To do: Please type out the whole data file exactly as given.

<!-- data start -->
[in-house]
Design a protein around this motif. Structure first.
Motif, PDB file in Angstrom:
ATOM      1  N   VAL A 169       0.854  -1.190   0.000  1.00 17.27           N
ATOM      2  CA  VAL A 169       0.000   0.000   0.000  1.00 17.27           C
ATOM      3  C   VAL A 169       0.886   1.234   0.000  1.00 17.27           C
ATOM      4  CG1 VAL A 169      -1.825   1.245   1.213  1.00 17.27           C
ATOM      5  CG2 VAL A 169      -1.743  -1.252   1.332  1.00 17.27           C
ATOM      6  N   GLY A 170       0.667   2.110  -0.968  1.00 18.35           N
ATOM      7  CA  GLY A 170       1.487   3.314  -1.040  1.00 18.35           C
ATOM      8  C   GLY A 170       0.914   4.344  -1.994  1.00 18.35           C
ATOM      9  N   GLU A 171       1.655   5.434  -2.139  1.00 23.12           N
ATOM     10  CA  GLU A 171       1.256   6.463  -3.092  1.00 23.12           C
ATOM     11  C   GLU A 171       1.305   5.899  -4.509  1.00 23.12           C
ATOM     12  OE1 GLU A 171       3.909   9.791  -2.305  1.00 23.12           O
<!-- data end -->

[in-house]
Design a protein around this motif. Structure first.
Motif, PDB file in Angstrom:
ATOM      1  N   VAL A 169       0.854  -1.190   0.000  1.00 17.27           N
ATOM      2  CA  VAL A 169       0.000   0.000   0.000  1.00 17.27           C
ATOM      3  C   VAL A 169       0.886   1.234   0.000  1.00 17.27           C
ATOM      4  CG1 VAL A 169      -1.825   1.245   1.213  1.00 17.27           C
ATOM      5  CG2 VAL A 169      -1.743  -1.252   1.332  1.00 17.27           C
ATOM      6  N   GLY A 170       0.667   2.110  -0.968  1.00 18.35           N
ATOM      7  CA  GLY A 170       1.487   3.314  -1.040  1.00 18.35           C
ATOM      8  C   GLY A 170       0.914   4.344  -1.994  1.00 18.35           C
ATOM      9  N   GLU A 171       1.655   5.434  -2.139  1.00 23.12           N
ATOM     10  CA  GLU A 171       1.256   6.463  -3.092  1.00 23.12           C
ATOM     11  C   GLU A 171       1.305   5.899  -4.509  1.00 23.12           C
ATOM     12  OE1 GLU A 171       3.909   9.791  -2.305  1.00 23.12           O